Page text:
There is a patch of land near where I live in Avon that hosts a few seasonal surprises.
Sometimes it’s a rabbit.
Sometimes I’ve seen a bear or fox meandering through the freshly cut grass and the glowing forsythia bushes.
But lately, it’s deer.
Three days in a row now, I’ve seen deer in just about the same spot each time I drive by.
As you wind your way through Old Farms Road and onto Scoville Road, you are liable to miss this sun-drenched swath. You may have had to use your brakes to stop for people crossing the road from one side of the bike trail to the other.
Every year, I look forward to riding my bike on the Farmington Canal Heritage Trail. You never know what or who you will see as you walk, run or bike on the north-south axis of the trail.
A couple of days ago, I had just finished photographing a varsity lacrosse game at Avon Old Farms School, when I spotted this lonely deer. I pulled my car over quickly and quietly emerged out of it with my camera. Every so often, the deer would look up to check on my position and go back to grazing. As more cars emerged, though, the deer started to tuck back into the woods.
I stood my ground and waited and composed my frame. I checked my exposure and was ready for whatever was going to happen. The deer looked up and through the trees. I made a couple of frames. Then I waited again as the deer seemed to circle back to where it was grazing before. As it crossed through this stretch of land, it looked right back up at me, giving me precisely one chance - one frame - to photograph it with a catchlight in its eyes.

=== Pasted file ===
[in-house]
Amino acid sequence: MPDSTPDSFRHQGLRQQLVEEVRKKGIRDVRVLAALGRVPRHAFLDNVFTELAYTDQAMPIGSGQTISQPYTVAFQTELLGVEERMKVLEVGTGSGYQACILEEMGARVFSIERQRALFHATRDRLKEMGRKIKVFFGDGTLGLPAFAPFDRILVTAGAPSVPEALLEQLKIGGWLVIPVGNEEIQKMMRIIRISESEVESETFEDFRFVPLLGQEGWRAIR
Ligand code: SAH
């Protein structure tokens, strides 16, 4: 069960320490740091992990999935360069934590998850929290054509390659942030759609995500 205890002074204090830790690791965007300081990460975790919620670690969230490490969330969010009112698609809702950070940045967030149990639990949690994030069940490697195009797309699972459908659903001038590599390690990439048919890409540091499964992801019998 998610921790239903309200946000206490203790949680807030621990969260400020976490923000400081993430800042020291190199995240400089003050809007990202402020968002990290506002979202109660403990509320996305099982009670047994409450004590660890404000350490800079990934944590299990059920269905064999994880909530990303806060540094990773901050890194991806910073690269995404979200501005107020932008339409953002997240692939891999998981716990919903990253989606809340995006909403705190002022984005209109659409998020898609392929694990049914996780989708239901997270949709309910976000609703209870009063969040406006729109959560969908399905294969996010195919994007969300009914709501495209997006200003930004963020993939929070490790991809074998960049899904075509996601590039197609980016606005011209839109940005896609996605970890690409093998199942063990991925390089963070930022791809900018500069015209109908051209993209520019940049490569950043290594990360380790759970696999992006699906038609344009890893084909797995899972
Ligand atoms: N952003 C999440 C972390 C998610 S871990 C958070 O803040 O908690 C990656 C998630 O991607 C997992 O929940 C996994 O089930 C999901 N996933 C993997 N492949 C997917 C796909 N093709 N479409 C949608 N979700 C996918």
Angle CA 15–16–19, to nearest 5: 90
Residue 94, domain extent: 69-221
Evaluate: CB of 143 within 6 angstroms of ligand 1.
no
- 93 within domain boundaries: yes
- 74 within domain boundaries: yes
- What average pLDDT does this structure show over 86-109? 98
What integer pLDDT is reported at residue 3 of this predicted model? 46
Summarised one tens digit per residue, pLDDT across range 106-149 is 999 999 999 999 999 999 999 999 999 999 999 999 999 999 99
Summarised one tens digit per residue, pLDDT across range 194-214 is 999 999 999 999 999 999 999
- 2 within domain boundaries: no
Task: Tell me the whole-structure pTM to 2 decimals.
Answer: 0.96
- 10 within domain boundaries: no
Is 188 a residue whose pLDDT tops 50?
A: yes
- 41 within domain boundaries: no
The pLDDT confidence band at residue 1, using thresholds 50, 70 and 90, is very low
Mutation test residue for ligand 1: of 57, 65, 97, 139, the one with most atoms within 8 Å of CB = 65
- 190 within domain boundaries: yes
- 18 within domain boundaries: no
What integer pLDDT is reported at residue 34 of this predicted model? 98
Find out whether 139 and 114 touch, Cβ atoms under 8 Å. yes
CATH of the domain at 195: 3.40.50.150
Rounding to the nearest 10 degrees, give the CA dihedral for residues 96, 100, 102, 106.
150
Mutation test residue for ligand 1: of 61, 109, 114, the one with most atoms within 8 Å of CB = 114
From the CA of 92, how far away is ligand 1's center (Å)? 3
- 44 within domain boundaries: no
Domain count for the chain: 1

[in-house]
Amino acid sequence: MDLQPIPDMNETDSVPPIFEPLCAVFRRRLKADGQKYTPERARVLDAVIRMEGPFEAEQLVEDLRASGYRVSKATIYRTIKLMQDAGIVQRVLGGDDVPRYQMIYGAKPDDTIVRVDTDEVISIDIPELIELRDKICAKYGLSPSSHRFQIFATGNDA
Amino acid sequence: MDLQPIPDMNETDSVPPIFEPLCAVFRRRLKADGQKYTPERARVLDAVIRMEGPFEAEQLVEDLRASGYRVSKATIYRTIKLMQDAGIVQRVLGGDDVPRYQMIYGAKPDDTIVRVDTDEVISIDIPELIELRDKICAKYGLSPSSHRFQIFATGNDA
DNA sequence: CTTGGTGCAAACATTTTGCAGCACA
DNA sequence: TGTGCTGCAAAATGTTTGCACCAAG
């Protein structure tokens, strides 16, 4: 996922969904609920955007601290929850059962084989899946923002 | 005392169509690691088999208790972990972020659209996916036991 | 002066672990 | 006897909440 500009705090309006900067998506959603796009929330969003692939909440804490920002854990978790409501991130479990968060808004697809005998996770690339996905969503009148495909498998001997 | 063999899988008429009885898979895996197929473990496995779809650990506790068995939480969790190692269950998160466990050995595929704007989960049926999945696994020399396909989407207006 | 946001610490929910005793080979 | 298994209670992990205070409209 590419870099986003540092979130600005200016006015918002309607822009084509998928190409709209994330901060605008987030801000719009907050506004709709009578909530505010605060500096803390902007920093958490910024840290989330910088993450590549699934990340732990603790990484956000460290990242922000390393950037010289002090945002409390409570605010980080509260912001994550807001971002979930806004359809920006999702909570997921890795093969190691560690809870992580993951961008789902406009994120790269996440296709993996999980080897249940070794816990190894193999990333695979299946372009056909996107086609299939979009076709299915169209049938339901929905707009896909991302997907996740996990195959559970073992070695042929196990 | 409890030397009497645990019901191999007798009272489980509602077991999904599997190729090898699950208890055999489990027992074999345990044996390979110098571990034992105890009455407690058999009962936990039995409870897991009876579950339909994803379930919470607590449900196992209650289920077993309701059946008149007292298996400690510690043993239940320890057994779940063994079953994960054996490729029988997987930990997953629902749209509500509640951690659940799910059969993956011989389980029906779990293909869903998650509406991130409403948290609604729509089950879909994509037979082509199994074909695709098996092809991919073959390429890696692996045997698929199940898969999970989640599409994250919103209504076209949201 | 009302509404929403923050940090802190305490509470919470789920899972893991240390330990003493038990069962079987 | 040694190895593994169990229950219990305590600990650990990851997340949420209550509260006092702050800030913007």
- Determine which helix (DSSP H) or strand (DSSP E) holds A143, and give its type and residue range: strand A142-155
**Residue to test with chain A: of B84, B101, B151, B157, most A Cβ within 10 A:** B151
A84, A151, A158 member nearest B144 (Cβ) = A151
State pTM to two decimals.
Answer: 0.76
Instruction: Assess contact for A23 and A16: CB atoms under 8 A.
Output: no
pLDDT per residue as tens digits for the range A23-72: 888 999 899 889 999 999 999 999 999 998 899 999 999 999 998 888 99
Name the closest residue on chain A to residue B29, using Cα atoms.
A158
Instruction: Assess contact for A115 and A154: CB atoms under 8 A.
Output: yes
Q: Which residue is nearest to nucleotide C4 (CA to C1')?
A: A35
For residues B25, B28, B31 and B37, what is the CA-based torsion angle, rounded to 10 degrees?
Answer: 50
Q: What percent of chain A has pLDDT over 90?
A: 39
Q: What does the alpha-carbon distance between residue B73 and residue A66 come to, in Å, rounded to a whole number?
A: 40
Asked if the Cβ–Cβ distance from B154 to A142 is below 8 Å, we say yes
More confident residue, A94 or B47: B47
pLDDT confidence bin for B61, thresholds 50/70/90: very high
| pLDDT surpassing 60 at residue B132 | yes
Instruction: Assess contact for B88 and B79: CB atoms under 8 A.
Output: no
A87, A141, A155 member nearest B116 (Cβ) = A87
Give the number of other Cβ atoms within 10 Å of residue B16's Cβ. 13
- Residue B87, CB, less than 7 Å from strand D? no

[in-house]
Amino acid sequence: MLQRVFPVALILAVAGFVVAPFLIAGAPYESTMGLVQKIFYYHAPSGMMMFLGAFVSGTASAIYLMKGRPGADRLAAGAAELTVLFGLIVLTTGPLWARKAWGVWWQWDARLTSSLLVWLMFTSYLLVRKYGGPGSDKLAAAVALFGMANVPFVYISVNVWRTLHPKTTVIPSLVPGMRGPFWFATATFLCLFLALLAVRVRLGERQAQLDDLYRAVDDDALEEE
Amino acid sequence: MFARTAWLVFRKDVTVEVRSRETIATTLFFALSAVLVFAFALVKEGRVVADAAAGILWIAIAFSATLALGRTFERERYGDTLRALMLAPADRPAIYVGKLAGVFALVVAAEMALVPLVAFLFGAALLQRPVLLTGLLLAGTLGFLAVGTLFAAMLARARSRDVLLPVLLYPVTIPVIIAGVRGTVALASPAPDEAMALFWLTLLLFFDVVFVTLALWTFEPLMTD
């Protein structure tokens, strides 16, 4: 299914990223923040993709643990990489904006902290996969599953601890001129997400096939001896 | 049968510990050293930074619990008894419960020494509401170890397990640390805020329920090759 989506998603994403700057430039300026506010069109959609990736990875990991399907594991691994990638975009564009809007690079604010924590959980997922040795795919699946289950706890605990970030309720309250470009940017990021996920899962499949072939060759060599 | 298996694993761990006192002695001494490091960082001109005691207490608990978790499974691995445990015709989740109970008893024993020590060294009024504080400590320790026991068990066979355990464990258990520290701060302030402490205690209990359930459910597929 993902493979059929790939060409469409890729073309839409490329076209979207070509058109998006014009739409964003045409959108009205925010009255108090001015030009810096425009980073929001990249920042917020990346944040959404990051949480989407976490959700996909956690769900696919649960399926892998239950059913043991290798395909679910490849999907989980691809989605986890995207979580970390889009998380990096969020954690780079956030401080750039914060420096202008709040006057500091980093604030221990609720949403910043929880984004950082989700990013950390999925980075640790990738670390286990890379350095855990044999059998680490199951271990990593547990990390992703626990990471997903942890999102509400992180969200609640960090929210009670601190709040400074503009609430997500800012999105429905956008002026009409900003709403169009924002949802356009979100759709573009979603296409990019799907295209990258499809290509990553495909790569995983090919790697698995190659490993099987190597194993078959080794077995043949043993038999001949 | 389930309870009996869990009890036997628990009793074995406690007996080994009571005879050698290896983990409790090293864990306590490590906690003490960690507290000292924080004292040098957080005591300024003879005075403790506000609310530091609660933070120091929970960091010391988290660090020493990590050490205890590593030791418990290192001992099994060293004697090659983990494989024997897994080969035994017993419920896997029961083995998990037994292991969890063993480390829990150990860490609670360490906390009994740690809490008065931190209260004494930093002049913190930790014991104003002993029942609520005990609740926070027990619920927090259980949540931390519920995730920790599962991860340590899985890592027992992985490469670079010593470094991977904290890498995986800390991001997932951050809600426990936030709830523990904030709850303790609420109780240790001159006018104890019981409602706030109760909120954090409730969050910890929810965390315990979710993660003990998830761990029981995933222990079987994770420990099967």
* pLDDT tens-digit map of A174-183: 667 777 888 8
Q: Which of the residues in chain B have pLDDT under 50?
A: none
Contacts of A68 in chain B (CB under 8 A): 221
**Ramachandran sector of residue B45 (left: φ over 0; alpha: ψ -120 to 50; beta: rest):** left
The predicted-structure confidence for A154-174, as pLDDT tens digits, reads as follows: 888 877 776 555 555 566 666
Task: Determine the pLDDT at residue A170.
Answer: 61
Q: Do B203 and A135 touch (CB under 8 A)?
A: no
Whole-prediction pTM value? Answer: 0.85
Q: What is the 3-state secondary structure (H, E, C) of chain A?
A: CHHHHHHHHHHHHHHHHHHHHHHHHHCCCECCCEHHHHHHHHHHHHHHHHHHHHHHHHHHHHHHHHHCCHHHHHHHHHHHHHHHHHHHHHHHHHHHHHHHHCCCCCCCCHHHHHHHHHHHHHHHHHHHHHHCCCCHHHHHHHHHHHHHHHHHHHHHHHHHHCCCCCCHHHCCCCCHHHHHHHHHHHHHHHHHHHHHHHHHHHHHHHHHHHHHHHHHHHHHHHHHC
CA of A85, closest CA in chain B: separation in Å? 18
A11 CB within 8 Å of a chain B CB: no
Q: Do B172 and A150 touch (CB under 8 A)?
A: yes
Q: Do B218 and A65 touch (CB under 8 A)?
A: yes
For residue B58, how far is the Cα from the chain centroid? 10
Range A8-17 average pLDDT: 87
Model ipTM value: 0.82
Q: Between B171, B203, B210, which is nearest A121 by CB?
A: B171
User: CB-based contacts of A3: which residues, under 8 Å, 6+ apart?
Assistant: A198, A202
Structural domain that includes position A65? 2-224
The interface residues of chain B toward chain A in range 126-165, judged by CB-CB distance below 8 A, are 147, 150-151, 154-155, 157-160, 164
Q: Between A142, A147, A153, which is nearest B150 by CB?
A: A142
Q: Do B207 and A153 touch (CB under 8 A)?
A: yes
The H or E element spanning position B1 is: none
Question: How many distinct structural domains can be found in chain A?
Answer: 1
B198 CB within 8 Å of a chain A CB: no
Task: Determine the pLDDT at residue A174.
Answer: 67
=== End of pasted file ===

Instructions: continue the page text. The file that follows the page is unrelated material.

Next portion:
As I photograph a family portrait session, a sporting event or even a headshot portrait, I am always reminded of what some of my teachers in photography have taught me.
While I was at the Salt Institute for Documentary Studies many years ago, I recall Todd Hoffmann, the former director of photography, reviewing my work. He looked up over his bifocals and said, “Seshu, you haven’t gone far enough with these photographs.”
I had just come back from photographing at a pottery in Blue Hill, Maine, a nearly 5-hour round trip and I didn’t want to hear any of it. It didn’t make any sense at that time. But over time, I internalized the critical lesson he imparted to me: creating good work takes patience and persistence.
I bring this work ethic to every opportunity I am given because ultimately I want to create photographs for my family portrait clients that will mean something to them and leave a lasting impact in their lives.
If you have kids who are fussy or if the weather changes dramatically on the day of your session, you can stop looking at your watch and relax. I assure you, the beautiful unscripted moments you are looking for me to document in your life will take shape. And I will be there for you, waiting patiently for the situation to change or resolve itself. Perhaps it is the optimist in me that believes that there is always a solution if we try and figure it out together.
In our harried lives, a custom family portrait experience with Seshu Photography is an opportunity to pause and be fully present for who matters to us the most every day.
I’m opening up a limited number of sessions in June starting today. If you are interested in reserving your family portrait session, please contact me right away! I look forward to hearing from you.